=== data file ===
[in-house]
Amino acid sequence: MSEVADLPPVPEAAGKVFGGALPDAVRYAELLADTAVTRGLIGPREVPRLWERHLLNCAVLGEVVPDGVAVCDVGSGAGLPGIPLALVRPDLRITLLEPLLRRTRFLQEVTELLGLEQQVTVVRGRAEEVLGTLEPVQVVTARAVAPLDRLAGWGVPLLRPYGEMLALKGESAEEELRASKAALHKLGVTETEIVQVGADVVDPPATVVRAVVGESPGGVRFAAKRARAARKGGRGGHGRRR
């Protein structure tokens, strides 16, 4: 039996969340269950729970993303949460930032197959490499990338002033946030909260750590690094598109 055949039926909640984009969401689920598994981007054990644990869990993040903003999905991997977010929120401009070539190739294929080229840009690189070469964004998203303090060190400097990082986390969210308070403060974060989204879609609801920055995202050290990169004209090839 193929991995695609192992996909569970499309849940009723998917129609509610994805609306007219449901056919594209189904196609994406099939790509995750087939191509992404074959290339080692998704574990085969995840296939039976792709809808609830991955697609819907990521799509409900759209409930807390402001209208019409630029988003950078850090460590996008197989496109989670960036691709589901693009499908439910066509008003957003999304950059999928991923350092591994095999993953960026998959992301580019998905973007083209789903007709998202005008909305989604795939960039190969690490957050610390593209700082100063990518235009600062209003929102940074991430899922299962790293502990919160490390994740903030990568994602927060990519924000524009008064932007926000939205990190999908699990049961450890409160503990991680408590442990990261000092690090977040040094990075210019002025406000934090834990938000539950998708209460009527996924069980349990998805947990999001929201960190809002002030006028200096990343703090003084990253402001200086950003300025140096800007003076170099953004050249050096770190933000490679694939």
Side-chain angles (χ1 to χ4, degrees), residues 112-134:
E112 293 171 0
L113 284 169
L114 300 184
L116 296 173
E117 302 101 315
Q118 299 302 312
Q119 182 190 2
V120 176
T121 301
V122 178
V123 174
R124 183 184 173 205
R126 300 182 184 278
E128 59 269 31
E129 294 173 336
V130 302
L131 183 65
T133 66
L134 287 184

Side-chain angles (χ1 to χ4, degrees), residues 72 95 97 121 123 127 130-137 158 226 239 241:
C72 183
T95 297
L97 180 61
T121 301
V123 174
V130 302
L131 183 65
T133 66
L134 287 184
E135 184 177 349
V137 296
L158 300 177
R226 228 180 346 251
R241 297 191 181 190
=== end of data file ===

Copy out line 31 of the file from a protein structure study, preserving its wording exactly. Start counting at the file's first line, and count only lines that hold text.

L131 183 65